In March 2017, Christopher Blanford received an email from an editor at the Journal of Crystal Growth. Blanford had been named as a suggested reviewer for a manuscript, and the editor, Arnab Bhattacharya, wanted to verify that the Gmail account the authors provided was legitimate.
It was not.
Blanford—a senior lecturer in biomaterials at the University of Manchester, UK—thought it was an “amusing coincidence” that he was chosen as a fake reviewer, given that he has written about malpractice in academic publishing. He confirmed the Gmail account was not his, and the other two suggested reviewers told Bhattacharya, a professor at the Tata Institute of Fundamental Research in Mumbai, India, the same thing.
When Retraction Watch began in 2010, our co-founders Ivan Oransky and Adam Marcus quickly realized they couldn’t keep up with the hundreds of retractions that appeared each year. And the problem has only gotten worse — although we’ve added staff, the number of retractions issued each year has increased dramatically. According to our growing database, more than 1,300 retractions were issued last year (and that doesn’t include expressions of concern and errata). So to get new notices in front of readers more quickly, we’ve started a new feature called “Caught our Notice,” where we highlight a recent notice that stood out from the others. If you have any information about what happened, feel free to contact us at email@example.com.
A journal devoted to wrestling science — we’re not sure if it’s the only one — has given the old reverse frankensteiner to a 2016 article whose authors stole much of their text from a conference presentation one of them had reviewed for the meeting.
The article, “The Role of Goal Setting, Collectivism, and Task Orientation on Iranian Wrestling Teams Performance,” appeared in International Journal of Wrestling Science, a Taylor & Francis title. Its two authors were Hossein Abdolmaleki and Seyyed Bahador Zakizadeh, of the Islamic Azad University in Karaj, Iran.
A journal has retracted a 2012 paper after determining that the authors had already published it elsewhere.
According to the retraction notice, the editors-in-chief of the Journal of Occupational Medicine and Toxicology concluded that the article had been published in another journal—In Vitro Cellular & Developmental Biology – Animal—the previous month. The authors, however, did not agree to the retraction.
The research, led by Ali Khavanin, who is based at Tarbiat Modares University in Tehran, Iran and is corresponding author on both papers, evaluated whether the vibrations from industrial machinery can harm hearing in rabbits (1,2).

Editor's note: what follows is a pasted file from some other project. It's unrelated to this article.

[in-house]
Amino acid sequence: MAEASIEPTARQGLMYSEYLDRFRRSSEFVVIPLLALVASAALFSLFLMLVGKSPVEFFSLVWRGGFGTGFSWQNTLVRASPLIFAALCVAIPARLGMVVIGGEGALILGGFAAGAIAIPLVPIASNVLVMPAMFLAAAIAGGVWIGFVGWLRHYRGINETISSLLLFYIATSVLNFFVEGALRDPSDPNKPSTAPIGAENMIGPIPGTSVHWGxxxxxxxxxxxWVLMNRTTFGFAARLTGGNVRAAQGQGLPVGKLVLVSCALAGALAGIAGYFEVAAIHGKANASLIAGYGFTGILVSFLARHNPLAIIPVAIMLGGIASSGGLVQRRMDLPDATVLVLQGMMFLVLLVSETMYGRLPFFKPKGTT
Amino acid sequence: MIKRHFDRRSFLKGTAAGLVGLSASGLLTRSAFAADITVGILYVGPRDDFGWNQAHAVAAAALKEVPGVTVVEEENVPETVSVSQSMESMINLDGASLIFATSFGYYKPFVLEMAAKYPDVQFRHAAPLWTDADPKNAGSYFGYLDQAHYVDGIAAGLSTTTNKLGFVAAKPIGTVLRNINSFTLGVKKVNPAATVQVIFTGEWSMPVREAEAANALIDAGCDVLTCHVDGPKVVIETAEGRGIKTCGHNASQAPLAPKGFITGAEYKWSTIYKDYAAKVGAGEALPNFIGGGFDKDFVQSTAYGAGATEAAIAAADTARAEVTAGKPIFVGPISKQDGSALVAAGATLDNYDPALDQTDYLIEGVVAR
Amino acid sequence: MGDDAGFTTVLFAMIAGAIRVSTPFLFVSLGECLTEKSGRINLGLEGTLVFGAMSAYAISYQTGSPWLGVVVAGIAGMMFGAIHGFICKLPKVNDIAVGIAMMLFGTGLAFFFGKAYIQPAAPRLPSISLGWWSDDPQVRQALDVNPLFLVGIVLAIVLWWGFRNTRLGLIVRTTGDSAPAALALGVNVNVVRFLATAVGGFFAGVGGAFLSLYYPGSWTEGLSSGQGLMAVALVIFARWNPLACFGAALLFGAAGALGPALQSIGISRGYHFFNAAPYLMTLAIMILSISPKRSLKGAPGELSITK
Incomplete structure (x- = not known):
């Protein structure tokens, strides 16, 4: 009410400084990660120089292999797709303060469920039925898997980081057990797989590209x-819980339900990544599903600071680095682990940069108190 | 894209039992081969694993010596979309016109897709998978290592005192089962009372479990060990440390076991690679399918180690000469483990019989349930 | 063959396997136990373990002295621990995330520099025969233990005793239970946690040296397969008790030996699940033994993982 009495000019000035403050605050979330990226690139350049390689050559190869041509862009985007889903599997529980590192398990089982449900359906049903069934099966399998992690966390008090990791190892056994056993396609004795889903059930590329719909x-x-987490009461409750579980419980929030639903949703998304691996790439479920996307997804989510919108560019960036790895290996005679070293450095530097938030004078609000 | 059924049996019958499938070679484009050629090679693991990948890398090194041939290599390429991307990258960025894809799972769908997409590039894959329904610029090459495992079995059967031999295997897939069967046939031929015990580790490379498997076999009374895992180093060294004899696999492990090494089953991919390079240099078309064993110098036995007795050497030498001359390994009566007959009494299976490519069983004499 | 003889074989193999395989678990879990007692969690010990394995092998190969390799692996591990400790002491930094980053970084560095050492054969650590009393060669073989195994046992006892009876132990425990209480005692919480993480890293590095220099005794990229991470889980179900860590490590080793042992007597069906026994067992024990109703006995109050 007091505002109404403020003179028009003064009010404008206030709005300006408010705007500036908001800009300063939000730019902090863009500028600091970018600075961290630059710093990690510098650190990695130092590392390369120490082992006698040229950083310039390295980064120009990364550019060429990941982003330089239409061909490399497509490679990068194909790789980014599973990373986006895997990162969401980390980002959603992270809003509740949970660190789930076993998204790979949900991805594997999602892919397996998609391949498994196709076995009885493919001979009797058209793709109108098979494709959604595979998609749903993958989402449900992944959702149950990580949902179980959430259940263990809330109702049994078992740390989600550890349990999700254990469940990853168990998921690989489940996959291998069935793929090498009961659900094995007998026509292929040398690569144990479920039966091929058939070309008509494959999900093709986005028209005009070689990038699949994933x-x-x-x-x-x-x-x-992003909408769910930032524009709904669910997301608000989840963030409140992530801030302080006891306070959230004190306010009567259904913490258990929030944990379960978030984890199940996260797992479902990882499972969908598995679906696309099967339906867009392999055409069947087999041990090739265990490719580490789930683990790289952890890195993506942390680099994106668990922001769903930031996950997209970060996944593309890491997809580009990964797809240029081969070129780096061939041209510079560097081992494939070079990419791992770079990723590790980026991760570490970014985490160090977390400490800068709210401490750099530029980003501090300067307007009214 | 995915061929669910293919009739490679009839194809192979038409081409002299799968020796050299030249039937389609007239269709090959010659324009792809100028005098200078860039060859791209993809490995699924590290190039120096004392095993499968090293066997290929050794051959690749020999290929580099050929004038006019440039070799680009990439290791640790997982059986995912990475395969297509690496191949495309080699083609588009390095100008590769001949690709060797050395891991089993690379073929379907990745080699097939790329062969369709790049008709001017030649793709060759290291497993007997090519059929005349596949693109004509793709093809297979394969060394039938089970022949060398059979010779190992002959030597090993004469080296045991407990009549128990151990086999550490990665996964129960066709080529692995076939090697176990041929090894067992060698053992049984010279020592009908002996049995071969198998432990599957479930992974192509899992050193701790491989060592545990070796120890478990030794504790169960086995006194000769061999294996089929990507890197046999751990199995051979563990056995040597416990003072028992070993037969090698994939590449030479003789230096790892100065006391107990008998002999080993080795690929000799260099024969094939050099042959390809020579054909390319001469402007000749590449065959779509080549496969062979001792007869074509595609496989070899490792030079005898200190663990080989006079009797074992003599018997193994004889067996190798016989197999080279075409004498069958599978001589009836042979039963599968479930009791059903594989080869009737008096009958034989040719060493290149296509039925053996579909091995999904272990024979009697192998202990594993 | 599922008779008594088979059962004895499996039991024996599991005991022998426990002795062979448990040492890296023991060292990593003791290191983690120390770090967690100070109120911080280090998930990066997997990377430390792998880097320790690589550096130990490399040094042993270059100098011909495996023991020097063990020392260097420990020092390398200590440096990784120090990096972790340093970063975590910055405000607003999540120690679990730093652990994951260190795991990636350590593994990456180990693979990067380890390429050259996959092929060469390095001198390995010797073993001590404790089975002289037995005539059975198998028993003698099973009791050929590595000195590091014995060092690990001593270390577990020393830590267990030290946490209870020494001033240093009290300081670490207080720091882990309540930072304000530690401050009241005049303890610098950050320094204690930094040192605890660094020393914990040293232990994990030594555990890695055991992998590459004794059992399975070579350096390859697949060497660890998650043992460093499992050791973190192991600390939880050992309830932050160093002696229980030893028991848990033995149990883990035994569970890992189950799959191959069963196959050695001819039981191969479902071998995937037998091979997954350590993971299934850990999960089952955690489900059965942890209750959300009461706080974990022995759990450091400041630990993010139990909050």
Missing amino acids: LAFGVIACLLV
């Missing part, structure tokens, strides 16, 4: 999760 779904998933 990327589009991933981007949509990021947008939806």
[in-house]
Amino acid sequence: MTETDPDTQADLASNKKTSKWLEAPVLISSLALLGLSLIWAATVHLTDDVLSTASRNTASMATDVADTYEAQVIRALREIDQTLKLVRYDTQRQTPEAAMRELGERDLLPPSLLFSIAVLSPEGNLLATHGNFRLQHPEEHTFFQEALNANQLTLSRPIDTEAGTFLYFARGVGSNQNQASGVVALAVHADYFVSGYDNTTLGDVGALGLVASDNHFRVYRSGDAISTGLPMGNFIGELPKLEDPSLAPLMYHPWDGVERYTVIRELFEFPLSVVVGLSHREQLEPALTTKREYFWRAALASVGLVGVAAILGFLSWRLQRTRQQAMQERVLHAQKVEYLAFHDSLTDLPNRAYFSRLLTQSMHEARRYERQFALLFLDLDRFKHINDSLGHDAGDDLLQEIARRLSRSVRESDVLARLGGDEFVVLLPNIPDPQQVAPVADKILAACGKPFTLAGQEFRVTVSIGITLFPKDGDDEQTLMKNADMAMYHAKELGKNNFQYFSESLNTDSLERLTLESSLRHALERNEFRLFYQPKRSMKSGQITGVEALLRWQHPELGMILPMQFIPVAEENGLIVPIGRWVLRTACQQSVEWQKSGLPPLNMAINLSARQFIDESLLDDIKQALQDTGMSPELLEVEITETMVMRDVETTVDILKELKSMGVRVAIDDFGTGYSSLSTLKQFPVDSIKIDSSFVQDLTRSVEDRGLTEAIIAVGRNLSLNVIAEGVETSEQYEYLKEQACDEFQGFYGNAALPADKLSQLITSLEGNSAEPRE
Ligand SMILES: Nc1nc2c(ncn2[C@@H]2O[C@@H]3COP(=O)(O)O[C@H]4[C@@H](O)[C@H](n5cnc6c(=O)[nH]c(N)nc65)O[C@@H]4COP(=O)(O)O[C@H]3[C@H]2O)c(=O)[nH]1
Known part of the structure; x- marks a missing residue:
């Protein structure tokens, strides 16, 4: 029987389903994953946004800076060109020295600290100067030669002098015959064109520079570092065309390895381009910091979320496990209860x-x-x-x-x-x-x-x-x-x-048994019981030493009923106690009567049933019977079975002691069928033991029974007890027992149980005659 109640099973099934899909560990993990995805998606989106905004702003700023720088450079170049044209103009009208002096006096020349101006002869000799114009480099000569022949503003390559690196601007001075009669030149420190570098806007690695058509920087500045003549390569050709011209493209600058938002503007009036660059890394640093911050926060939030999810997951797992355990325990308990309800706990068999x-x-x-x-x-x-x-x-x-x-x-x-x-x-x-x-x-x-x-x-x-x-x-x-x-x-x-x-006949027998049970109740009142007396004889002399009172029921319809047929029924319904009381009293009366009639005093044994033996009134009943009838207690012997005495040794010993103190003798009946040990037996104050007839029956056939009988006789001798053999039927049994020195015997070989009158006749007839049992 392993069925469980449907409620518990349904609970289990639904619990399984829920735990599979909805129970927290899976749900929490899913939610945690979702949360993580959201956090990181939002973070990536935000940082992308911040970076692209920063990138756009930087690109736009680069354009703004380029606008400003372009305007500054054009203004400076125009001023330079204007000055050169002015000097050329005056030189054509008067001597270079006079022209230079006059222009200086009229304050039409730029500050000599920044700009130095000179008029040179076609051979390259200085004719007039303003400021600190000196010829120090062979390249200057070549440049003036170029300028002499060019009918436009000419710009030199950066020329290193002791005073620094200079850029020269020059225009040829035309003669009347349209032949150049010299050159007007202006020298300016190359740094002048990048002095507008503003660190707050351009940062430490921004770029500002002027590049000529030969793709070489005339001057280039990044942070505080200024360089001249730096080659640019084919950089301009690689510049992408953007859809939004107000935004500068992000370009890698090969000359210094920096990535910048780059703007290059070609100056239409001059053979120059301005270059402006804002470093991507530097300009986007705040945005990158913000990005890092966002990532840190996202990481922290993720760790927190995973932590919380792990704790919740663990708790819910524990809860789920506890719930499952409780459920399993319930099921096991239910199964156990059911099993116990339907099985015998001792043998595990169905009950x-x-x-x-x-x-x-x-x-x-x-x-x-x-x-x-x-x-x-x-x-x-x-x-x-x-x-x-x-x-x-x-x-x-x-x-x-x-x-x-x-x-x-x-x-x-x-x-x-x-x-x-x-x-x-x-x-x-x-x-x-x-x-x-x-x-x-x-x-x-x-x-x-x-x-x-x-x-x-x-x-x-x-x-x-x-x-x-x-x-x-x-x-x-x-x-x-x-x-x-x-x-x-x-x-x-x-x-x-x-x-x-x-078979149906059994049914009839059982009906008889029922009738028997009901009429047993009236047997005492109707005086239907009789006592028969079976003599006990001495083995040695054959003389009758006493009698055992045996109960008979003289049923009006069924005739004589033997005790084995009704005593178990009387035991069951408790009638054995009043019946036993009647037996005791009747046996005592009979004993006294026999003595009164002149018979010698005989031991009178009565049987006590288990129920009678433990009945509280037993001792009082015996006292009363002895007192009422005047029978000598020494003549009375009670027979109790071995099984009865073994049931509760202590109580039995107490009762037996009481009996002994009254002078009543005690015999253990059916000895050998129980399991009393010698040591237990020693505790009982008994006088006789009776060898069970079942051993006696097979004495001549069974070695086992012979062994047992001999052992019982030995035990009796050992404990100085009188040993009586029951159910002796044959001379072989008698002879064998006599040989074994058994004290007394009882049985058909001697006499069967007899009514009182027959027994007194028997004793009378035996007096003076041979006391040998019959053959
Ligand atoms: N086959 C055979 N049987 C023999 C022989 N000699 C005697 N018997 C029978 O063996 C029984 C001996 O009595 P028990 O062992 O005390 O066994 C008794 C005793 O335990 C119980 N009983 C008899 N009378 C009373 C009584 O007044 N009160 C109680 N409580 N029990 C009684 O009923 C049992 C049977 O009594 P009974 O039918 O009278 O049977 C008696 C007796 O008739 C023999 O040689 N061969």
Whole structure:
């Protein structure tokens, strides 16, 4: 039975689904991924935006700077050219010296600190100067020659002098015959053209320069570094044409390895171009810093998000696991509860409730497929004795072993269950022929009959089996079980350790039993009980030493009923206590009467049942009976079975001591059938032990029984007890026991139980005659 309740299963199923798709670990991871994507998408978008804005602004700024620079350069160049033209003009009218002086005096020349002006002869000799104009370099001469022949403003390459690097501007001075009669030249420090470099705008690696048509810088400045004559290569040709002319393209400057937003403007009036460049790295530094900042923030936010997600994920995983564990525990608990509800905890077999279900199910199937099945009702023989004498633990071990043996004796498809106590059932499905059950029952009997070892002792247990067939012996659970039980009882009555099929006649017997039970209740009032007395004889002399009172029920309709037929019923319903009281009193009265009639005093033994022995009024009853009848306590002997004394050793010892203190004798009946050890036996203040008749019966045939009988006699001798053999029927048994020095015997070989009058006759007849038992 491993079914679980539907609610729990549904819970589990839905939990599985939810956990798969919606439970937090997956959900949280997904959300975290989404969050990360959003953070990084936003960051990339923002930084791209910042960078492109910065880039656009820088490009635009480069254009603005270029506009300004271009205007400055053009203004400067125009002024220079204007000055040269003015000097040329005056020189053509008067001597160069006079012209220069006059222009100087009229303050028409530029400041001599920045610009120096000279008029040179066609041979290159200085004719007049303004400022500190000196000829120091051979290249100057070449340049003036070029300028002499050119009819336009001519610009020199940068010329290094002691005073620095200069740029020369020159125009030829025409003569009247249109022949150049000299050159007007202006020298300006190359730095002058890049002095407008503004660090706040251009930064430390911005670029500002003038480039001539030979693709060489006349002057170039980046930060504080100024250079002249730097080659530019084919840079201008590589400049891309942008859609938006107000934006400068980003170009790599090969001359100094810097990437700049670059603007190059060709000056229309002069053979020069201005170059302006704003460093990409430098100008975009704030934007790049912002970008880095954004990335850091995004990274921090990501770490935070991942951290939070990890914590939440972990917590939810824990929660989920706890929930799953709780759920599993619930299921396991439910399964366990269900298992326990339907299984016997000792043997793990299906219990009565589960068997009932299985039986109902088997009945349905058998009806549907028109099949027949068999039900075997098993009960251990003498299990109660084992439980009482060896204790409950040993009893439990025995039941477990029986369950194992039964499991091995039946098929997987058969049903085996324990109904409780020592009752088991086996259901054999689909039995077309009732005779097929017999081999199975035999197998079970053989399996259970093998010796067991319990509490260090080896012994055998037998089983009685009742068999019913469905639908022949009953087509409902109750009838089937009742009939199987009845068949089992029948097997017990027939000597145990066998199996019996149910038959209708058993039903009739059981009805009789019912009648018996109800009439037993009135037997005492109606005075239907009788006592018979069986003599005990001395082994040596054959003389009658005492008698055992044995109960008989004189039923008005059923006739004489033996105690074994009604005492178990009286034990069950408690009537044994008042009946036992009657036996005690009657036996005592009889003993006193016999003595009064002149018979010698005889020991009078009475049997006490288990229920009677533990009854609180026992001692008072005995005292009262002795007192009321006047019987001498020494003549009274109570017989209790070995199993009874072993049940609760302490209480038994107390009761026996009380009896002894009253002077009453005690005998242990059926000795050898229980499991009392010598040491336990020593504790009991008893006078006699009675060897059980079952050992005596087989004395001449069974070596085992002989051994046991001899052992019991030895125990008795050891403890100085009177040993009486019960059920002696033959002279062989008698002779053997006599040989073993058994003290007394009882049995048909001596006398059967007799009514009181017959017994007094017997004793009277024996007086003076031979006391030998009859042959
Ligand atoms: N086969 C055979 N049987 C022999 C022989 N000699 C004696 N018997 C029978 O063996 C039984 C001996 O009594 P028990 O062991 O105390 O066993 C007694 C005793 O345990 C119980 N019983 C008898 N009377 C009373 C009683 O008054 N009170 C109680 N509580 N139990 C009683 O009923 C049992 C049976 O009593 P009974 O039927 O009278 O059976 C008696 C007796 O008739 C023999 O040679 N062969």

A journal has retracted a paper after the university notified the editors that the authors presented the gruesome details of a patient who they didn’t directly treat.
But the paper’s corresponding author disputes that claim, arguing that the first author — a radiologist, who has since passed away, provided a crucial diagnosis in this case. We’ve tried to track down the doctors who lodged a complaint about the paper, alleging they were “actually involved in the original patient treatment,” but have so far been unsuccessful.
The paper describes an unfortunate accident during which a man fell from his tractor and stabbed himself in the eye on part of the machine. Initially, doctors could not locate the eye and “believed it to have been completely destroyed,” and discharged the patient after seven days. One week later he was back, complaining of headaches — and doctors found the eye embedded deep inside the skull, intact.
Both retracted articles were co-authored by three researchers in the Department of Civil Engineering at Shahid Rajaee Teacher Training University in Tehran, Iran. The first author, Saeed Ghaffarpour Jahromi, serves as the University’s Dean of Faculty in the School of Civil Engineering.
Recently, the editors of a journal about management science received a submission from a prominent Dutch economist. But something didn’t feel right about it.
For one, the author submitted the paper using a Yahoo email address. So the editors contacted the author via his institutional email; immediately, the researcher denied having submitted the paper — and said it had happened before. And then things got really interesting.
The editors — Yves Crama, Michel Grabisch, and Silvano Martello — decided to run a “sting” operation, pretending to consider the paper, and even submitted their own fake reviews, posing as referees. They accepted the paper via the electronic submissions system, then lo and behold: